Wednesday, 15 July 2015

The Limits of Critical Thinking

In considering the evolution of the human brain a critical point comes when the quality of cultural information is such that it has more survival value than working things out from first principals. AT this point it pays to learn by following the best teacher (initially the parents) to maximise the speed and efficiency of learning the culture. This process will enable more and hopefully better culture to develop - so evolution will strengthen the tendency to follow the most charismatic teacher . This may have been fine when we were hunter gatherers in the woods but can go wrong in modern times, where a charismatic leader may have the power to influence large numbers of people for god or ill.

An article "The Limits of Critical Things" has just appeared in the online magazine "Skeptic" which examines what happens in practice. It is by Jamy Ian Swiss, a professional magician. He writes:
My experience with deception has proven to me that the human brain is evolutionarily programmed to be readily manipulated, whether by the likes of itinerant conjurors like myself and James Randi or by virulent megalomaniacs like Marshall Herff Applewhite. The human tendency to organize information even where no useful information exists appears to be hardwired into our brains. It was there for the first aboriginal rain dance, and it’s here today for the most contemporary forms of magical thinking. That tendency to organize, to look ahead and be creative and surmise from thin evidence is a distinctly human trait, as responsible for the greatness of the human condition as it is for its follies and failings. Our human “big brain” is an accident of evolution that may well be our salvation or undoing as a species, with its abilities to invent, create, explore and imagine, or to become addicted, depressed, or believe incredibly dangerous ideas in the face of all evidence to the contrary.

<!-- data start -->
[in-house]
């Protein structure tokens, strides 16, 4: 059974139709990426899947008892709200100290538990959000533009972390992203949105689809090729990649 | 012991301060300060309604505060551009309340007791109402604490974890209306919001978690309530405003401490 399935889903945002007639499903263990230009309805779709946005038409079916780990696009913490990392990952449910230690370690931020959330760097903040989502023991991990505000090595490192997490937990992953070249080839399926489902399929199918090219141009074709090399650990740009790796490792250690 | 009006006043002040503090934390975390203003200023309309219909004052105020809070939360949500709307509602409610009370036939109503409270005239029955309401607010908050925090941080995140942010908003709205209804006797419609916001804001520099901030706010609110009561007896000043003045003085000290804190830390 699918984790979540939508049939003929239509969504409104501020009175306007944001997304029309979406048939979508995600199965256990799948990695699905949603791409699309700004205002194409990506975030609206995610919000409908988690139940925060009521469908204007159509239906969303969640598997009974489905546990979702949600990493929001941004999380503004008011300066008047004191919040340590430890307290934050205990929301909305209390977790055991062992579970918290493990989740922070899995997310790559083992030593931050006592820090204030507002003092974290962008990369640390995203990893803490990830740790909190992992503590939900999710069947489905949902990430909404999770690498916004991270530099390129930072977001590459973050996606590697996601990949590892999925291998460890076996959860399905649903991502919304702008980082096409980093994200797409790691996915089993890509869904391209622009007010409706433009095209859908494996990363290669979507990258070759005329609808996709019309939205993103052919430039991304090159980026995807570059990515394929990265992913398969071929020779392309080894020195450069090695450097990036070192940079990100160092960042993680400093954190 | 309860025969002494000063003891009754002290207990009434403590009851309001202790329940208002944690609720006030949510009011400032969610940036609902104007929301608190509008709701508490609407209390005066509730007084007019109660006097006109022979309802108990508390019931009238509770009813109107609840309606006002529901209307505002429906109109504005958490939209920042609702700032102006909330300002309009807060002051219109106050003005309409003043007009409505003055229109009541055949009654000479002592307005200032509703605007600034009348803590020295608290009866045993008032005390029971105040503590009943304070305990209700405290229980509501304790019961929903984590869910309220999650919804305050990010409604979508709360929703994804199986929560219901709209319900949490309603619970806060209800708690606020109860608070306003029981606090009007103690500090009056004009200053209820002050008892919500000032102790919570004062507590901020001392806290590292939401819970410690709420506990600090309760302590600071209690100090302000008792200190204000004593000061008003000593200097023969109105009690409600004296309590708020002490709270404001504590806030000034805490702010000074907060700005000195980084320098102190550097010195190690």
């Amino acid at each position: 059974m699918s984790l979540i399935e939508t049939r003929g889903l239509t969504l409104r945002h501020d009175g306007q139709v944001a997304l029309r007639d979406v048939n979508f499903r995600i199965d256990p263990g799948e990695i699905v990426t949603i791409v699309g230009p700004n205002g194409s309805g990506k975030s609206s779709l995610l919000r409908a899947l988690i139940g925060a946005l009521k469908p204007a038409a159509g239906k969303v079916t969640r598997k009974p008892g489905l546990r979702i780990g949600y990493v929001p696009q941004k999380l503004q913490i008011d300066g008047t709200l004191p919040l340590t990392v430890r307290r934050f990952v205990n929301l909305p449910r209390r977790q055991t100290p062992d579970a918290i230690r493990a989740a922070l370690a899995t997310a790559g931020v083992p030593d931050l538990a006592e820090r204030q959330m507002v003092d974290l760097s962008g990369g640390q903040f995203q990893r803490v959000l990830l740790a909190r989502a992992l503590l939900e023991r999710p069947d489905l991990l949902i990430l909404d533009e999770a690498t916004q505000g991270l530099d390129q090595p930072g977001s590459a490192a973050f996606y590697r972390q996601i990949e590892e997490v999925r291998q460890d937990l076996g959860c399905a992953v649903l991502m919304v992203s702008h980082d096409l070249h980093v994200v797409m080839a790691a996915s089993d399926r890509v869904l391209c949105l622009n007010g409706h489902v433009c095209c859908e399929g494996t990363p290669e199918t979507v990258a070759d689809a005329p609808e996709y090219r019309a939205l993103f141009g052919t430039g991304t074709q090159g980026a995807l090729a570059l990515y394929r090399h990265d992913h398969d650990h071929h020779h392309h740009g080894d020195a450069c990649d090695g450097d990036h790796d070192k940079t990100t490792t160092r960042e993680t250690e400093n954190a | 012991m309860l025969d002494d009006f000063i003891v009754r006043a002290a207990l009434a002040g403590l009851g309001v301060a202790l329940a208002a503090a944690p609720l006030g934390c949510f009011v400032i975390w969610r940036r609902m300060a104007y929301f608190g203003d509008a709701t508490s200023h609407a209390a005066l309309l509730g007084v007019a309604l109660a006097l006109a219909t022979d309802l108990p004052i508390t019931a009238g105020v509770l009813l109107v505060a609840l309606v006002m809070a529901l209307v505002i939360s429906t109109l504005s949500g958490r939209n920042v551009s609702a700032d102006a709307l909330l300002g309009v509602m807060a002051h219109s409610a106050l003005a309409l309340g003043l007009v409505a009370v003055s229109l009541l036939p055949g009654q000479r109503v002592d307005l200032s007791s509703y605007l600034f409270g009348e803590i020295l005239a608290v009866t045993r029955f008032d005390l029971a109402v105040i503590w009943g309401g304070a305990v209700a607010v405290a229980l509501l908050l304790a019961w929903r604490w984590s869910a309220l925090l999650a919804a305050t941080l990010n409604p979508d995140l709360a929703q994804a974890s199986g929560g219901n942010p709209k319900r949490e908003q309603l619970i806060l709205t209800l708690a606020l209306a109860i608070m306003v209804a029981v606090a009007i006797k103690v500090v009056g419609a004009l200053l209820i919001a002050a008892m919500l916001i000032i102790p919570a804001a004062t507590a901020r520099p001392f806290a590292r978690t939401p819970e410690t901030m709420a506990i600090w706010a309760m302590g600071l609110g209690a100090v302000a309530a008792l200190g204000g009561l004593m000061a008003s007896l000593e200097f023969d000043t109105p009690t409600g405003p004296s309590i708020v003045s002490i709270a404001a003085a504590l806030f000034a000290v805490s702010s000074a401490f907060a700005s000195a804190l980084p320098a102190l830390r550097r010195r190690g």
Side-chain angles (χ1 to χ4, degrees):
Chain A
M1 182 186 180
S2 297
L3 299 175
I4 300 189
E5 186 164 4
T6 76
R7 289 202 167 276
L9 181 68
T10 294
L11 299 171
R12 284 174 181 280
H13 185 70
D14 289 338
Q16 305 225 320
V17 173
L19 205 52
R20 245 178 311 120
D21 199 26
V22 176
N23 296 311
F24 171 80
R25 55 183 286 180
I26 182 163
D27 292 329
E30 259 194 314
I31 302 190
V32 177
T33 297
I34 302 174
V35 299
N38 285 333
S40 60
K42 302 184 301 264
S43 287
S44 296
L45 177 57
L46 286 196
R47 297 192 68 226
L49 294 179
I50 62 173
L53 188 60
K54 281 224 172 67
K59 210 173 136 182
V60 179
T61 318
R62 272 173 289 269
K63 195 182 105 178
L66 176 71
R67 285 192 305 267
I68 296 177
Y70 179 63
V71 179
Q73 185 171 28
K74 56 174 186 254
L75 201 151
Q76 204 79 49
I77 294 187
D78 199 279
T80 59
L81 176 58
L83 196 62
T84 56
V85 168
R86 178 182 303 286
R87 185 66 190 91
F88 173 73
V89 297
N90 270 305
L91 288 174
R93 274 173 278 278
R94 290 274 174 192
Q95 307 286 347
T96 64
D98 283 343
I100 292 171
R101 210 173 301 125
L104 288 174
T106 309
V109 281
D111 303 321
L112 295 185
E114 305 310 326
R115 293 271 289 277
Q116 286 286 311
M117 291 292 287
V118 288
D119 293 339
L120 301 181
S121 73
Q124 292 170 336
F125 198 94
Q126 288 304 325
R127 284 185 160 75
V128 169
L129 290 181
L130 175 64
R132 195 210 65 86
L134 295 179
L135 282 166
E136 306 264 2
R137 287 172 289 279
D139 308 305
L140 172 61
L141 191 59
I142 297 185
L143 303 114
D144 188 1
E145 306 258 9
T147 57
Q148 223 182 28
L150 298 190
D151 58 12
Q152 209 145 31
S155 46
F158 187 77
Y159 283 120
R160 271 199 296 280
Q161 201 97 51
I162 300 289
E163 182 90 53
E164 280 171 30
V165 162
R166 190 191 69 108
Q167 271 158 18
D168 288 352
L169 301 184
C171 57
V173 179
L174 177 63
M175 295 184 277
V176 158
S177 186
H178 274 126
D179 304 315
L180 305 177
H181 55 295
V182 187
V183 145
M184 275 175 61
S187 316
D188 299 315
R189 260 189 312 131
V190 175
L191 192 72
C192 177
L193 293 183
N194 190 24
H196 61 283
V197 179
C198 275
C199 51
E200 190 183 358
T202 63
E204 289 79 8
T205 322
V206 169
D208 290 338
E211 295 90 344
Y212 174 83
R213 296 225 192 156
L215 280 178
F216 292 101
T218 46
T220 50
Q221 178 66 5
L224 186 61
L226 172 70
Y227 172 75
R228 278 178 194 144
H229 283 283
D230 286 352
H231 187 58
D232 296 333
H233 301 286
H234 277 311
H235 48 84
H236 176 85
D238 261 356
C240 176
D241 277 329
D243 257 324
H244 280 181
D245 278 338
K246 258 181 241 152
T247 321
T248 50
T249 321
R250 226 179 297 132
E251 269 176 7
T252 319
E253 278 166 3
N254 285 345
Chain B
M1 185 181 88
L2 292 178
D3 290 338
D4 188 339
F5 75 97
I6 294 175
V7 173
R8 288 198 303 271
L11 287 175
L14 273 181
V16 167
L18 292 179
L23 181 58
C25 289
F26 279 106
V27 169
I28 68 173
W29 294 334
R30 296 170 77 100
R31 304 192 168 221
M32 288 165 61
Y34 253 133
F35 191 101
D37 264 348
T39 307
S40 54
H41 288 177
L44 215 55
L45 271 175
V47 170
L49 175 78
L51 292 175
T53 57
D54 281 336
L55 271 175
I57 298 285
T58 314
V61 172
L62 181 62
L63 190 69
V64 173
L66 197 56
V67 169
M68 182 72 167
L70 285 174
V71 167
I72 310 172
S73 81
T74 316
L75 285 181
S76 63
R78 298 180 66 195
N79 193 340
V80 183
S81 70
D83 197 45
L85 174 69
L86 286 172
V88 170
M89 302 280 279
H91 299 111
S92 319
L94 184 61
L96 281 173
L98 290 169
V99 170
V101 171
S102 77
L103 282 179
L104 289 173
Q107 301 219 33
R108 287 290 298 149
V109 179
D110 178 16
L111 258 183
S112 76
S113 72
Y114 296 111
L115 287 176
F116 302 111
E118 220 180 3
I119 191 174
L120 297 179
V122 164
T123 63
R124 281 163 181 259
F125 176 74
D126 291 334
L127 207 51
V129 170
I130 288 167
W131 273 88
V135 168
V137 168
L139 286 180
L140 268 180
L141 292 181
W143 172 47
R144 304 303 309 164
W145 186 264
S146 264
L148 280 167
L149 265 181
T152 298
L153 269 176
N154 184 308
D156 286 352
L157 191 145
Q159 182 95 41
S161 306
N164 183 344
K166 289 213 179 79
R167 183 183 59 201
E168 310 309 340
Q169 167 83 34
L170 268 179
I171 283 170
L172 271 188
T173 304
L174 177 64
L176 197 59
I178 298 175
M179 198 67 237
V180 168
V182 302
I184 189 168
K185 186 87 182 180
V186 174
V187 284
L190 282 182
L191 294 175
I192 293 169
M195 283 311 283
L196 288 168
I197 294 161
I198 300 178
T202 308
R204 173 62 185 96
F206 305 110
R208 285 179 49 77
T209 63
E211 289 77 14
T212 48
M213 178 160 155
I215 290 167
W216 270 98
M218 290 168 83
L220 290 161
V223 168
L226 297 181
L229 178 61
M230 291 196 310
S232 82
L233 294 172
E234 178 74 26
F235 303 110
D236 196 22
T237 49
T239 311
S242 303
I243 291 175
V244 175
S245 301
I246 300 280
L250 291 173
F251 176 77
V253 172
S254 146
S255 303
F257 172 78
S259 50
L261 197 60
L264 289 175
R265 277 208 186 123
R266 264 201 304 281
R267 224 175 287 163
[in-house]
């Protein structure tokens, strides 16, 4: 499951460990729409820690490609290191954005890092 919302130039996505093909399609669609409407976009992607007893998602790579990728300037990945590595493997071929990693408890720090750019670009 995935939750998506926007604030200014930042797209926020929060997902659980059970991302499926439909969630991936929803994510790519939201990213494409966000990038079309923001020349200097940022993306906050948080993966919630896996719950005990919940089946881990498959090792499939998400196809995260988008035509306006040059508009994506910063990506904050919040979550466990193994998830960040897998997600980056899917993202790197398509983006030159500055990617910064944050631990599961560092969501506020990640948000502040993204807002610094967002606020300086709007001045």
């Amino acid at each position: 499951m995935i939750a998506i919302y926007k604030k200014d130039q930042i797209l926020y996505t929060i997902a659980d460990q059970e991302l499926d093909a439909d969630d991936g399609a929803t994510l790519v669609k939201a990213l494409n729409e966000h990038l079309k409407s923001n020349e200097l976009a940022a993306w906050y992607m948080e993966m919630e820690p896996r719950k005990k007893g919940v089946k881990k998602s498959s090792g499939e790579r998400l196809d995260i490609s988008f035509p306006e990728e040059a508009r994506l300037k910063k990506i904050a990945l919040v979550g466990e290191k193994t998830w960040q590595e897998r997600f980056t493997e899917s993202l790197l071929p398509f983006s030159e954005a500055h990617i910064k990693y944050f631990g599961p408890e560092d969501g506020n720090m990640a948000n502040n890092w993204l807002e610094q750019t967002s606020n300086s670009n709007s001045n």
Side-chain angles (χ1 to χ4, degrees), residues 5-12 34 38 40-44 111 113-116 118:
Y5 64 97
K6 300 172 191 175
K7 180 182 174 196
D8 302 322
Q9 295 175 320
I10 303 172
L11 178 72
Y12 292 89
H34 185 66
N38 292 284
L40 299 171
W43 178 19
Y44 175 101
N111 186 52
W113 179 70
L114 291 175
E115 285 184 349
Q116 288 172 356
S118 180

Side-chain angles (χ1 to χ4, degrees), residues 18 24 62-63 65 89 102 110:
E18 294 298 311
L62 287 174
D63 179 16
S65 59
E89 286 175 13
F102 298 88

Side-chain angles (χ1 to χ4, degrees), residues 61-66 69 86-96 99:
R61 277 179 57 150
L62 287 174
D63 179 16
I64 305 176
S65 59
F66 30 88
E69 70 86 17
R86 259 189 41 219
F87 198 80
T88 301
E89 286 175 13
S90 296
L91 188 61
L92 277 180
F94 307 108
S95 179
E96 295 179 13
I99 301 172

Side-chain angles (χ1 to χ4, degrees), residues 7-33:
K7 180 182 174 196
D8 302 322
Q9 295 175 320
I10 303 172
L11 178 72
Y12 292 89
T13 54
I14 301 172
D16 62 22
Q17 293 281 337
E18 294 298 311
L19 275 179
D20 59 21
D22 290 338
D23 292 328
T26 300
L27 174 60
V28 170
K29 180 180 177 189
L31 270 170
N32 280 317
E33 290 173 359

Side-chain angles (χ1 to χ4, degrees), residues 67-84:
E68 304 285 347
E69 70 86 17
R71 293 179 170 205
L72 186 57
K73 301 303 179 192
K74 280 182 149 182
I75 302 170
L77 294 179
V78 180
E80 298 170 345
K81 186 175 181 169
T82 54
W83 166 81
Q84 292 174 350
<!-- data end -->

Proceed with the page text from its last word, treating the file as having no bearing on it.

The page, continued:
When we see the apparently placid willingness of the [Heaven's Gate] cult members to fulfill their grisly task of self-destruction, it is difficult to view them as victims. Considering the patently ludicrous ideas the cult based its belief system on, it’s tempting to write the followers off as cranks who were victims only of their own willful stupidity. But the phenomenon of cultism is characterized by distinctly manipulative practices of recruitment and maintenance that must be considered independently of the particular belief system they happen to be promoting. Toxicly effective cult leaders like Herff Applewhite will always produce followers who swear to their willing allegiance and free choice just as the observer of a magic trick will swear he never looked away the whole time the magician’s spoon was magically bending. Both victims are certain they had all the information necessary to make a capable judgment.

No comments:

Post a Comment